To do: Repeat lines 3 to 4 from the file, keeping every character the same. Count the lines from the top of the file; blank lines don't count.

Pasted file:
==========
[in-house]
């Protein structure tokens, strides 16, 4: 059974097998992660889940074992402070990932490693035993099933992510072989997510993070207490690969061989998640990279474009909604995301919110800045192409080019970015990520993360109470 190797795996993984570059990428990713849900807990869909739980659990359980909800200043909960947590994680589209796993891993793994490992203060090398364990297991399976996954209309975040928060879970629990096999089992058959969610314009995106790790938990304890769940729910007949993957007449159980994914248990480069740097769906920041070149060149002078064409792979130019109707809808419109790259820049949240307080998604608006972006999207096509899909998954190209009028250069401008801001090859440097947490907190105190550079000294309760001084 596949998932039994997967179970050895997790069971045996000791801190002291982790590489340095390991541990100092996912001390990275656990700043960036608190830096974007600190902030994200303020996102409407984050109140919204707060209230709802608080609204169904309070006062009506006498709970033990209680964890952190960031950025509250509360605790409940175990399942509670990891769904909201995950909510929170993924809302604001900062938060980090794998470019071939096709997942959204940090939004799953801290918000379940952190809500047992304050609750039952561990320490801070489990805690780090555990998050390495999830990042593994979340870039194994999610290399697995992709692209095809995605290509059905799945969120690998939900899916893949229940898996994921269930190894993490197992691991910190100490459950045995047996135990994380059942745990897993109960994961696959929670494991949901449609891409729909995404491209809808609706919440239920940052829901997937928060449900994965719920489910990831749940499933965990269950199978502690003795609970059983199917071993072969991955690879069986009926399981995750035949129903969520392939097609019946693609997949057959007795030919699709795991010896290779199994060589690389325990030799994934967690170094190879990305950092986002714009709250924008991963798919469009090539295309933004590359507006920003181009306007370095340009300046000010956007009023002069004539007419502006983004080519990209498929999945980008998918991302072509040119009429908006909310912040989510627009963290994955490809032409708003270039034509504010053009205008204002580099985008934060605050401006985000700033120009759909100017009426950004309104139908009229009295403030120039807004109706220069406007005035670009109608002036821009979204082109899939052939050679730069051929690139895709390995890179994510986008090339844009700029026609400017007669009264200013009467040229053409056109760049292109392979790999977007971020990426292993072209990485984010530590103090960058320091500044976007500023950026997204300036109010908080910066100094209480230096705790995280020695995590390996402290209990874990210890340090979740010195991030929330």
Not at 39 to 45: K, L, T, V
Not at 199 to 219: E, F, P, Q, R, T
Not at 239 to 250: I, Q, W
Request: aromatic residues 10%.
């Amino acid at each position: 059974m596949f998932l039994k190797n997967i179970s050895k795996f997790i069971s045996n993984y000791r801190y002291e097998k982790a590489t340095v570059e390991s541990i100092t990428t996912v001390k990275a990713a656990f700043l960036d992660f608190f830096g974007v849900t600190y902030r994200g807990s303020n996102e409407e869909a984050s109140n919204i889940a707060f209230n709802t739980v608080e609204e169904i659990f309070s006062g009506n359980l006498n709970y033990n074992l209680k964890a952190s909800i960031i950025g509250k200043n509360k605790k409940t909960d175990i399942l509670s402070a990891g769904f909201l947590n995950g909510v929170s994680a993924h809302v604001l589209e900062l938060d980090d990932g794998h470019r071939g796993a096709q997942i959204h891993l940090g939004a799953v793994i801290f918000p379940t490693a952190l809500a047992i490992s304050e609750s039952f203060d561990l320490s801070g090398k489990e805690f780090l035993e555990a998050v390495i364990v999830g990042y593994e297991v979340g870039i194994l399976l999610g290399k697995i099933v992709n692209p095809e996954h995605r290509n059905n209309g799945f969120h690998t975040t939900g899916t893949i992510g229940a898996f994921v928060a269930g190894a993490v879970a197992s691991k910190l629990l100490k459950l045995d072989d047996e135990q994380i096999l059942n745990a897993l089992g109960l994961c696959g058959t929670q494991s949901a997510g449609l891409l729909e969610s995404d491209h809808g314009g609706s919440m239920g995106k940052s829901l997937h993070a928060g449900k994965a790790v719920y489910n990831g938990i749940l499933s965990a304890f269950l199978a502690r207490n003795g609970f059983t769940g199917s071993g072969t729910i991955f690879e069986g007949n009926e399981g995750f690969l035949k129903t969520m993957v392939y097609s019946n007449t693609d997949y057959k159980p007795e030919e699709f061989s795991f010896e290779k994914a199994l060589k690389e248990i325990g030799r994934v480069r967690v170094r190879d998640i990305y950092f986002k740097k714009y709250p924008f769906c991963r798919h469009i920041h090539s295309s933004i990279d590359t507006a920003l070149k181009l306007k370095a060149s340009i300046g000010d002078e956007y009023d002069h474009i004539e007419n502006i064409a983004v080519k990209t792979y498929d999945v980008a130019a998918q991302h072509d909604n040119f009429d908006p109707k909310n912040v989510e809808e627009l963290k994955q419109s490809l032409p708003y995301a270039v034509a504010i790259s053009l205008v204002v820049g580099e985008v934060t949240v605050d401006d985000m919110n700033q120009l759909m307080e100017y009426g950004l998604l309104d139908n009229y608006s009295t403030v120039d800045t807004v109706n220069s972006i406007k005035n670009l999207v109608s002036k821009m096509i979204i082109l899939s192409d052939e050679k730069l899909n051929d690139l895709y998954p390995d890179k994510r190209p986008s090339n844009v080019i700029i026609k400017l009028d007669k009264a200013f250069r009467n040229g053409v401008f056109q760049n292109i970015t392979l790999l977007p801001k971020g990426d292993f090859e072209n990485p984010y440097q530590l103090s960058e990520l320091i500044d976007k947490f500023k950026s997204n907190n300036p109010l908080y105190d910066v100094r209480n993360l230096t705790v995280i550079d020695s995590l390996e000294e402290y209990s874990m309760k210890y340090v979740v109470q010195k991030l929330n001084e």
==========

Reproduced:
Not at 39 to 45: K, L, T, V
Not at 199 to 219: E, F, P, Q, R, T